Nuclear Winter: Now Easier to Trigger than Ever (In Short: We'd be F#%^ed)
Nagasaki before and after 1945 bombing. Photo: Public domain image.
Regional Nuclear War Could Trigger a 10-Year Nuclear WinterNuclear weapons are the gift that keeps on giving. We knew they were horrible from the very start (Hiroshima and Nagasaki -- historical trivia: Nagasaki's nuke was supposed to be dropped on Kokura, where the founder of Toyota was on that day), but over the following decades we kept discovering new reasons why they are bad: In the early 1980s, more and more studies showed that a nuclear winter was probable, and this probably helped cool down the cold war. More recently, a study showed that even a small regional nuclear war could create the mother of all ozone holes. But now we learn that even a small regional nuclear war could create our worst nightmare, a nuclear winter lasting about 10 years (!).
Photo: Public domain
Don't Think It Can't Happen, Because It CanAccording to a study titled Climatic Consequences of Nuclear Conflict: Department of Environmental Sciences from Rutgers University, "A minor nuclear war with each country using 50 Hiroshima-sized atom bombs as airbursts on urban areas, could produce climate change unprecedented in recorded human history [...] New climate model simulations [...] show that the smoke would be lofted by solar heating to the upper stratosphere, where it would remain for years."
Even the smallest nuclear exchanges modeled show a plunge in temperatures that would be bigger than the Little Ice Age (approximately 1600-1850), but unlike other climate change events, the effects of a nuclear winter would be felt almost immediately (if the sun doesn't reach the ground anymore, it won't take long for temps to drop significantly).
Photo: Public domain
From Scientific American (bold is mine):
Twenty-five years ago international teams of scientists showed that a nuclear war between the U.S. and the Soviet Union could produce a "nuclear winter." ... killing plants worldwide and eliminating our food supply. ... International discussion about this prediction ... forced the leaders of the two superpowers to confront the possibility that their arms race endangered not just themselves but the entire human race. Countries large and small demanded disarmament. Nuclear winter became an important factor in ending the nuclear arms race. ... Gorbachev observed, "the knowledge of [nuclear winter] was a great stimulus ... to act."
Why discuss this topic now that the cold war has ended? Because as other nations continue to acquire nuclear weapons, smaller, regional nuclear wars could create a similar global catastrophe. New analyses reveal that a conflict between India and Pakistan, for example, in which 100 nuclear bombs were dropped ... would produce enough smoke to cripple global agriculture. ... Not only were the ideas of the 1980s correct but the effects would last for at least 10 years, much longer than previously thought. ...
More than 20 million people in the two countries could die from the blasts, fires and radioactivity. ... A nuclear war could trigger declines in yield nearly everywhere at once. ... Around one billion people worldwide who now live on marginal food supplies would be directly threatened with starvation by a nuclear war between India and Pakistan or between other regional nuclear powers.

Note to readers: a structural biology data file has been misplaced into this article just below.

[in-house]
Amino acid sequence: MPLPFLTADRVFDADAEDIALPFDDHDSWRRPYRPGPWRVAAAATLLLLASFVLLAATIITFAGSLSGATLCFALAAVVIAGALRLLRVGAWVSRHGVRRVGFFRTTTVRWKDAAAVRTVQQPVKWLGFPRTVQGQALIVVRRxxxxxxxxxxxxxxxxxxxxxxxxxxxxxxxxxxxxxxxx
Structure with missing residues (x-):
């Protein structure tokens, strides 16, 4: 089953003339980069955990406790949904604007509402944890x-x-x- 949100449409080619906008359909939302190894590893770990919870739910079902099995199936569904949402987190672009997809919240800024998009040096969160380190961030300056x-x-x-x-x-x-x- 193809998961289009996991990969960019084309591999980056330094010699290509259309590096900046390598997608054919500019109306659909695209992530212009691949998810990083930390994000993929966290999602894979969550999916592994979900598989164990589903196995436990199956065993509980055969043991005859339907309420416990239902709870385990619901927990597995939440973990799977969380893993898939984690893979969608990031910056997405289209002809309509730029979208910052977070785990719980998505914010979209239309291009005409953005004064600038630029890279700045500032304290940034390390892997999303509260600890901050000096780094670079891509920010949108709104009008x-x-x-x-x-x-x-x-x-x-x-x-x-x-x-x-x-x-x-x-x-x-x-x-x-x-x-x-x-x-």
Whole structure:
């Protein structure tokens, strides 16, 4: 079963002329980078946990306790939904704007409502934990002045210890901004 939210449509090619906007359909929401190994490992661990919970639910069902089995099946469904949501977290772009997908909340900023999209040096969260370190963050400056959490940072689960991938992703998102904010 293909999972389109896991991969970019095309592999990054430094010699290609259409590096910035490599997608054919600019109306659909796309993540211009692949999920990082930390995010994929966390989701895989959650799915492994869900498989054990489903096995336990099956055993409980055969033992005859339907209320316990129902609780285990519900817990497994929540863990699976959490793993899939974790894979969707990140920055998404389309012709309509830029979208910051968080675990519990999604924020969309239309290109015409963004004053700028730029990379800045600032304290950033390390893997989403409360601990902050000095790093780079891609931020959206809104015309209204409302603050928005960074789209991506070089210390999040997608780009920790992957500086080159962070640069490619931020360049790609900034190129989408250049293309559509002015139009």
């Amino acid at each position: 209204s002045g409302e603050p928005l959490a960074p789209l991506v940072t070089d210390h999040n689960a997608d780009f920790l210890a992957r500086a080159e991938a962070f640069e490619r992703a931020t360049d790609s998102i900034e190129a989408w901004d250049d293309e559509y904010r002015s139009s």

George Mason University economist Robin Hanson asks this question over at Overcoming Bias: "So, the first news about nuclear winter was shocking enough to induce cold war adversaries to agree to big cuts. Today we know the situation is even worse - not only is nuclear winter easier than we thought to trigger, but more nations now have big enough arsenals to trigger it. Yet today there is far less international discussion or momentum to prevent such disaster. Why the difference?"
Nuclear DisarmamentNot that we needed more reasons, but this should help motivate everybody for more nuclear disarmament. It's folly to let the future of billions of people and whole ecosystems depend on a few people who control nuclear weapons (and the number of countries that have nukes has only gone up over time). We might think that a nuclear war can't happen, but history has shown us more than once that it almost did.
Now North-Korea claims to have nukes, Iran might them soon, Pakistan has them and isn't the most stable country, Israel has nukes and the US and Russian still have tons of them (and who knows how stable those countries will be in 10-20 years?). I really can't stress enough how important diminishing the risk of nuclear war is, even if by only a few percents (any difference in such a high impact event has a very high expected utility).
But Of Course...I want to make something clear: Our angle here at TreeHugger is to look at things from the environmental point of view. When it comes to nuclear war, there are many other very important aspects (obviously). Here I focused mostly on how we could screw up our planet and the ecosystems that support our lives and the lives of most other living creatures and plants, but the direct human cost of such a conflict could easily be in the tens of millions if not hundreds of millions (numbers so big that we experience scope insensitivity).
For more, check out Martin Hellman's risk analysis (he's the co-inventor of public key cryptography, without which the internet would be a very different place). He also has a site called Defusing the Nuclear Threat.
I also want to publicly support Obama's goal of reducing the number of nuclear warheads in the US and Russia.